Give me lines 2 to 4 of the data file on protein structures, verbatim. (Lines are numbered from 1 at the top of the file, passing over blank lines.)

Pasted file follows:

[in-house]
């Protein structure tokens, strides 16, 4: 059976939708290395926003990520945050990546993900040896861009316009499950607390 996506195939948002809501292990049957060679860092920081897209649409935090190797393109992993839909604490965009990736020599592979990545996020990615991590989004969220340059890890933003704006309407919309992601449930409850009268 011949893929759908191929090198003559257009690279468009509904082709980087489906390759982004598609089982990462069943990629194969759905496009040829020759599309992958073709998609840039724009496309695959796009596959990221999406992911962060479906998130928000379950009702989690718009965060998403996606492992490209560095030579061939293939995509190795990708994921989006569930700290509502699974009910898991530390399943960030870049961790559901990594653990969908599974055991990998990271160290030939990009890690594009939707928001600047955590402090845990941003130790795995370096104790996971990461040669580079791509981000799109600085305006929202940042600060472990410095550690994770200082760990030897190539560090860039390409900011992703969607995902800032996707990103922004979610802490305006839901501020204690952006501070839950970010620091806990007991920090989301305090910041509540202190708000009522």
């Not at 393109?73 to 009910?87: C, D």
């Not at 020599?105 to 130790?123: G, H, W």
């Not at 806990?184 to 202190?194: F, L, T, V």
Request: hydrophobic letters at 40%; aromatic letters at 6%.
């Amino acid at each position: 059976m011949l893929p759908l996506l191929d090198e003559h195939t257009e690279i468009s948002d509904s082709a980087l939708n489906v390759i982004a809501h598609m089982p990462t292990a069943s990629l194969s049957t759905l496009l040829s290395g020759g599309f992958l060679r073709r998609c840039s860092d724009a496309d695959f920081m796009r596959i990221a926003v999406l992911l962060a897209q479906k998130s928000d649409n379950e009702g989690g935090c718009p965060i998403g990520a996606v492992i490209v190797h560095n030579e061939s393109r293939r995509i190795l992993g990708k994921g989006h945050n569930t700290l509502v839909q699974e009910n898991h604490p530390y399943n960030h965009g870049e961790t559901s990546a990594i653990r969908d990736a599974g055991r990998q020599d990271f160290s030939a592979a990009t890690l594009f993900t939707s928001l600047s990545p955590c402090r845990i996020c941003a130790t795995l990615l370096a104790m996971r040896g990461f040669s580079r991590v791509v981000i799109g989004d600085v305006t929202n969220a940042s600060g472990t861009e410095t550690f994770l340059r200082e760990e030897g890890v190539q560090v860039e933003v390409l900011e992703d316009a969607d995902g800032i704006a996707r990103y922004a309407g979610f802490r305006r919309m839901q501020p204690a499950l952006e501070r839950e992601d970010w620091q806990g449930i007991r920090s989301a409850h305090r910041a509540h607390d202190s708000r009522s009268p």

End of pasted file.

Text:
């Protein structure tokens, strides 16, 4: 059976939708290395926003990520945050990546993900040896861009316009499950607390 996506195939948002809501292990049957060679860092920081897209649409935090190797393109992993839909604490965009990736020599592979990545996020990615991590989004969220340059890890933003704006309407919309992601449930409850009268 011949893929759908191929090198003559257009690279468009509904082709980087489906390759982004598609089982990462069943990629194969759905496009040829020759599309992958073709998609840039724009496309695959796009596959990221999406992911962060479906998130928000379950009702989690718009965060998403996606492992490209560095030579061939293939995509190795990708994921989006569930700290509502699974009910898991530390399943960030870049961790559901990594653990969908599974055991990998990271160290030939990009890690594009939707928001600047955590402090845990941003130790795995370096104790996971990461040669580079791509981000799109600085305006929202940042600060472990410095550690994770200082760990030897190539560090860039390409900011992703969607995902800032996707990103922004979610802490305006839901501020204690952006501070839950970010620091806990007991920090989301305090910041509540202190708000009522």
């Not at 393109?73 to 009910?87: C, D």
């Not at 020599?105 to 130790?123: G, H, W």